A Guide To Medicare Eligibility And Open Enrollment

If you’re collecting Social Security benefits. If you claim Social Security benefits at age 65 or earlier, you will automatically be enrolled in Medicare when you turn 65, in both Part A and Part B. You can disenroll from Part B but not from Part A.

To enroll in Part B after age 65 later , you can fill out an Application for Enrollment in Medicare Part B and bring it or mail it to a Social Security office.

If you’re not collecting Social Security benefits. If you are 64 years and nine months or older and you have not started collecting Social Security benefits, you can sign up for both Part A and Part B online at .

How Medicare enrollment affects HSAs. Note that, when you’re enrolled in Part A, you are no longer allowed to make pre-tax contributions to your health savings account , though you cancontinue to use the funds already in your HSA account. Since anyone collecting Social Security retirement benefits has to be enrolled in Part A, this means that no one collecting Social Security can contribute to an HSA.

For 2018 premiums and deductibles, see Nolo’s 2018 Medicare cost update.

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    When Does Medicare Coverage Start If Youre Not Automatically Signed Up

    Typically, youre automatically enrolled in Original Medicare if youre already receiving Social Security retirement benefits when you turn 65 or qualify by disability.

    If youre not automatically enrolled in Medicare, the date Medicare coverage begins depends on when you enroll in Medicare Part A and/or Part B .

    • If you enroll in Medicare the month before your 65th birthday, your Medicare coverage will usually start the first day of your birthday month.
    • If you enroll in the month of your 65th birthday, your coverage will generally start the first day of the month after your birthday month.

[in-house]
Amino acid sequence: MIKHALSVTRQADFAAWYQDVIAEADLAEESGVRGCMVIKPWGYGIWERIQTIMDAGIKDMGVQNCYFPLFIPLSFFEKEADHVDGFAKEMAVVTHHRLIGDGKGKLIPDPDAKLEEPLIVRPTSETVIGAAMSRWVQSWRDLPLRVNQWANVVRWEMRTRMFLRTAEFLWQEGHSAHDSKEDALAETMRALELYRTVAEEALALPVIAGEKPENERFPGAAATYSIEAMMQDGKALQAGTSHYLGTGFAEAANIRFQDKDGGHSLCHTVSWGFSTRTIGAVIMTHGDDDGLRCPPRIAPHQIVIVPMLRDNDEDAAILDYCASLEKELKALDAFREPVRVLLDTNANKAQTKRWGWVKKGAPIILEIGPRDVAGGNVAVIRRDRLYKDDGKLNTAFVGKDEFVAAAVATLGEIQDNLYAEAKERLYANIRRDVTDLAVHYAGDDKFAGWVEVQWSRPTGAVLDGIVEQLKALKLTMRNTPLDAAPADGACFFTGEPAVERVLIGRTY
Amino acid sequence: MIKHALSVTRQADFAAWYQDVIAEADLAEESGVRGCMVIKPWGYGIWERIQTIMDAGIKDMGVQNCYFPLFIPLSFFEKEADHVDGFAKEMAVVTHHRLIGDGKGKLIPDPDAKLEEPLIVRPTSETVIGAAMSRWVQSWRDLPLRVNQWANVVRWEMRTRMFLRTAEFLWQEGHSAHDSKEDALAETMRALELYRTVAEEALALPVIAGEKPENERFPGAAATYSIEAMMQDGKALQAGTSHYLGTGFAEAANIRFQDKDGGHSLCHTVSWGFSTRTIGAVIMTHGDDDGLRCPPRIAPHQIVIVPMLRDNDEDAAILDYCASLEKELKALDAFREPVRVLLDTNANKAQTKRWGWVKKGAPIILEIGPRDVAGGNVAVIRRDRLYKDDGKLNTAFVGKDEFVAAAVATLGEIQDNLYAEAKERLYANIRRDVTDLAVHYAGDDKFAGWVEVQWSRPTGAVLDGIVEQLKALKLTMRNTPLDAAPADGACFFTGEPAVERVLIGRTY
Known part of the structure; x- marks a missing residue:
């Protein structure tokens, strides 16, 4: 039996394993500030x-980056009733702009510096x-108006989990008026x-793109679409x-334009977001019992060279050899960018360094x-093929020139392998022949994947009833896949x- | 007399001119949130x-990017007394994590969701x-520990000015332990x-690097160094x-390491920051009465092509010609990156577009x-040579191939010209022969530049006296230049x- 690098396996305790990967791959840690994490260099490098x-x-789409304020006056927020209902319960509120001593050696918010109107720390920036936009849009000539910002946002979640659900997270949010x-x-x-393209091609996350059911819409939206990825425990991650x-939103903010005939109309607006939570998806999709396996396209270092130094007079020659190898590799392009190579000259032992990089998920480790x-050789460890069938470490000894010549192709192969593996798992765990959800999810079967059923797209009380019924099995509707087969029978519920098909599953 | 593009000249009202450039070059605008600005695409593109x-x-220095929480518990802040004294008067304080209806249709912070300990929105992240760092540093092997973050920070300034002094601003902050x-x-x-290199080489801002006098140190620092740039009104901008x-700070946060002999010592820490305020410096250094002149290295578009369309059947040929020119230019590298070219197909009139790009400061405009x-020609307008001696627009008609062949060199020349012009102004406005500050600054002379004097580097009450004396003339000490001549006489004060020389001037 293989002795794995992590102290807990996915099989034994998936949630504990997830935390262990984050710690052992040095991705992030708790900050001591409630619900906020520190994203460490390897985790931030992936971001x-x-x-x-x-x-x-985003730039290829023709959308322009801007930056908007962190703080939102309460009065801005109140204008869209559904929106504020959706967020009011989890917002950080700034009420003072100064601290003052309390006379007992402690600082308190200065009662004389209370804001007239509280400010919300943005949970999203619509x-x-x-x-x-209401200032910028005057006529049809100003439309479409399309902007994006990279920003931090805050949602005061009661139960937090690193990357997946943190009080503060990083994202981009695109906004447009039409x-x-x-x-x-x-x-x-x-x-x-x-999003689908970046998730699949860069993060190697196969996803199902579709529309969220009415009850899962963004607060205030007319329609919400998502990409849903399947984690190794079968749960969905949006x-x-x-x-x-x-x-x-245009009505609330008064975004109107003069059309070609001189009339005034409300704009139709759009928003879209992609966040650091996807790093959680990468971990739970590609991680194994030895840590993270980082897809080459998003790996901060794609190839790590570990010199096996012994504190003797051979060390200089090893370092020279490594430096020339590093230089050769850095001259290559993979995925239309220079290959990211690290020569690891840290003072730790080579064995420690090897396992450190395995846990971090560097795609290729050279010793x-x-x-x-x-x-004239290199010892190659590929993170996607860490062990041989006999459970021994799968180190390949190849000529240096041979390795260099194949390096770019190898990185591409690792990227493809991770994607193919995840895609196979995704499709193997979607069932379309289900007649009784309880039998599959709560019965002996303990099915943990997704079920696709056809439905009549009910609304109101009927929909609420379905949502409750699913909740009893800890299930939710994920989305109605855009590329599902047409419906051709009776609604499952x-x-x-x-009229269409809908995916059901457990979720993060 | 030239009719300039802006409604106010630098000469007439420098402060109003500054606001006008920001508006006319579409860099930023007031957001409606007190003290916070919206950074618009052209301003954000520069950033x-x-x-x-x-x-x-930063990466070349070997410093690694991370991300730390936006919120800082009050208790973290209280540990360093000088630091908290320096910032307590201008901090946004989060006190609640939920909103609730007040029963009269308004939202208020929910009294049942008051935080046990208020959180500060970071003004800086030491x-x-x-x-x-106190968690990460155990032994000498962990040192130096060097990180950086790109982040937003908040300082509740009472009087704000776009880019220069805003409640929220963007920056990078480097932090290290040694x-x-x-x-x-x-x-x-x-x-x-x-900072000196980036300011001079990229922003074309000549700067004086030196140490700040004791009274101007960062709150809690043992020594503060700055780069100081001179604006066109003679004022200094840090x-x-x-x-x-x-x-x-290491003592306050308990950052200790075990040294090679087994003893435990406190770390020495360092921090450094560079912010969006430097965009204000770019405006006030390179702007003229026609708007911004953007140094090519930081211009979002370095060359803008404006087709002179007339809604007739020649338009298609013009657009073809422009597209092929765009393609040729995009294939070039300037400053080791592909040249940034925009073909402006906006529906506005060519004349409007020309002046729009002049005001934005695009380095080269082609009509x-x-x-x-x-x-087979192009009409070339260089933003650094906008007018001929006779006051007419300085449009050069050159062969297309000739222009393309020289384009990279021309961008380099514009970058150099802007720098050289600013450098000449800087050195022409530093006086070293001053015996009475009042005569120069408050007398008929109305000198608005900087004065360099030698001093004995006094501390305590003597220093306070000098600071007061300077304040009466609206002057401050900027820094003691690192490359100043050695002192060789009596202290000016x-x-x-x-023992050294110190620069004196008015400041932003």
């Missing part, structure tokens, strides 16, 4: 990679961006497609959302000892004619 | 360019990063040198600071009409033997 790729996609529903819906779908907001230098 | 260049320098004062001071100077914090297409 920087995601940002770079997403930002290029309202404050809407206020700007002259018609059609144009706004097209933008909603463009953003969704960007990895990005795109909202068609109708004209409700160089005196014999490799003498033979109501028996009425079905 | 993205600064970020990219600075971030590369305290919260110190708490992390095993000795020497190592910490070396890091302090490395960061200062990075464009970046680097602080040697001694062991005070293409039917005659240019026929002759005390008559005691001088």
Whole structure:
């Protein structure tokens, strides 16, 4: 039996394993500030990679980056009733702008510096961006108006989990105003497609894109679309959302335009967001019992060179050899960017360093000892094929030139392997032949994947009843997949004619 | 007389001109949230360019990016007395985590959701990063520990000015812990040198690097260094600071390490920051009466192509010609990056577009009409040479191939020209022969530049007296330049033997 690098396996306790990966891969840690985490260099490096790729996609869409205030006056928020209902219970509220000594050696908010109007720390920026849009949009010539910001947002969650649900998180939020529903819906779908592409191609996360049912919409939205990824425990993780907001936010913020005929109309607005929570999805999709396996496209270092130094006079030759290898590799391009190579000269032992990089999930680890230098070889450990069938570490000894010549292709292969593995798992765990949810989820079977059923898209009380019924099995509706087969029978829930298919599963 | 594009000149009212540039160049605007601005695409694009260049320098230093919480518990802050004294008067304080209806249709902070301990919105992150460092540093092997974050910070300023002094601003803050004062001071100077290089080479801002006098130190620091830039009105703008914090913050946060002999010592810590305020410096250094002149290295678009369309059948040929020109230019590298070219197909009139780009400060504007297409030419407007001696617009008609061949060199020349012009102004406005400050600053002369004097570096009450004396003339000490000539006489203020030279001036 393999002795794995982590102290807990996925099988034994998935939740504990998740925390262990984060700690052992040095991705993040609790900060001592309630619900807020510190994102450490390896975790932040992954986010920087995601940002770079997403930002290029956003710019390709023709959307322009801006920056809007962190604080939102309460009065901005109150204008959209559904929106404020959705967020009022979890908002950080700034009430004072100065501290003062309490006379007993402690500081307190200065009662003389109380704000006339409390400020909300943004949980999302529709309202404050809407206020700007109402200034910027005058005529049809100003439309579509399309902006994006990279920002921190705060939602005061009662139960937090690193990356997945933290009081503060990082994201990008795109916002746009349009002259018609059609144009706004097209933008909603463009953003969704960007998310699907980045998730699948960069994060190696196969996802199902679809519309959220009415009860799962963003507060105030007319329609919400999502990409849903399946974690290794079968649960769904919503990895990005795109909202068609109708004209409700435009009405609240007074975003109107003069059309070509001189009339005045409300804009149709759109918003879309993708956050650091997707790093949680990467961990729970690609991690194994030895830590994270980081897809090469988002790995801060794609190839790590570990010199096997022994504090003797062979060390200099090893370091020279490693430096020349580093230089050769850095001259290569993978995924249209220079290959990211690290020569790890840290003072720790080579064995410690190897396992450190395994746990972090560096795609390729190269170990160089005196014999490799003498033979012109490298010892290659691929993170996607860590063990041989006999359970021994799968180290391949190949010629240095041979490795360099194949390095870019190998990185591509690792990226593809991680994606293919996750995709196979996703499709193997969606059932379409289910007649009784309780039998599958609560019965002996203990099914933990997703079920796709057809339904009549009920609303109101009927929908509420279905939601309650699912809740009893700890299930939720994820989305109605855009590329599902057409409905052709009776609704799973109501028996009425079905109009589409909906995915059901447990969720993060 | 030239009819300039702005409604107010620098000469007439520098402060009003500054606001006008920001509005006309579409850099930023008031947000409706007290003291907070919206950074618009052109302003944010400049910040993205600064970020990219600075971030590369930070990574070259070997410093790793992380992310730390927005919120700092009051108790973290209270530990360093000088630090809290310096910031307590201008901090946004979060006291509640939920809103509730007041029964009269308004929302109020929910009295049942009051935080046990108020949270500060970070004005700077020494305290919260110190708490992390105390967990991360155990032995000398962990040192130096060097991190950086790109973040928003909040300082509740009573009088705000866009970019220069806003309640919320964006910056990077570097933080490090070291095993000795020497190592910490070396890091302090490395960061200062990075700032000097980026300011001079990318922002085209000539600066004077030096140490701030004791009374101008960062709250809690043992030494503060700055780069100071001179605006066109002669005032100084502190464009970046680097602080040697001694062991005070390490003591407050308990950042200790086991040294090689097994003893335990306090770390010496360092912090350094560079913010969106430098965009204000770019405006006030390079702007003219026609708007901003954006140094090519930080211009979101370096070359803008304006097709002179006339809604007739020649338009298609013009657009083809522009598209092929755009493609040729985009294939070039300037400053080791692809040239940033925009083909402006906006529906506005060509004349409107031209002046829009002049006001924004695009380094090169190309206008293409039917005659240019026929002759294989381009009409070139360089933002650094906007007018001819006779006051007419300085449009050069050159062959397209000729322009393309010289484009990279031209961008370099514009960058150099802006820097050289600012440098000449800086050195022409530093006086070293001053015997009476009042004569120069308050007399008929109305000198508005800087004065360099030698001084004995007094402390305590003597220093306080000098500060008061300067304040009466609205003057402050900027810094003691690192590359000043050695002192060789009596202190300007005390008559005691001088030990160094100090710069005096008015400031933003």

• If you enroll a month after you turn age 65, coverage usually begins two months after you signed up.
    • If you enroll two months after you turn age 65, coverage typically begins three months after you signed up.
    • If you enrolled three months after you turn 65, coverage usually begins three months after you signed up.

    When To Apply For Medicare

    While there are exceptions, in general, adults become eligible for Medicare on their 65th birthday. In fact, more than 11,000 people turn age 65 daily and get their eligibility for coverage. This is often a source of confusion because originally you got your Medicare and Social Security retirement benefits at the same time .

    Social Security retirement and Medicare benefits are no longer linked. If you retire at the earliest age possible, which is age 62, you wont receive your Medicare benefits until age 65. However, if you delay taking Social Security until age 70, your Medicare benefits will start at age 65 anyway. In all cases, you can apply for Medicare up to three months prior to your 65th birthday to make sure your benefits start on time.

    Medicare is also available to adults with Social Security disability benefits. If you qualify for Social Security Disability Insurance , your Medicare benefits start on the 25th month of your Social Security benefits.

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    Retirees And Those Still Working

    If you paid into a retirement system that didnt withhold Social Security or Medicare premiums, youre probably still eligible for Medicareeither through your retirement system or through your spouse. To receive full Medicare coverage at 65, you must have earned enough credits to be eligible for Social Security.

    Each $1,470 you earn annually equals one credit, but you can only earn a maximum of four credits each year. You will receive full benefits at retirement if you have earned 40 credits10 years of work if you earned at least $5,880 in each of those years.

    If you continue to work beyond age 65, things get a bit more complicated. You will have to file for Medicare, but you may be able to keep your companys health insurance policy as your primary insurer. Or, your company-sponsored insurance plan might force you to make Medicare primary, or other conditions may apply to you.

    Theres a lot to consider that makes it prudent to talk to a person knowledgeable in Medicare about your specific choices. This could be your Human Resources department or a Medicare representative.

    If you continue to work beyond 65, theres a lot to consider that makes it prudent to talk to a Medicare expert about your choices.

    Your Medicare Special Enrollment Period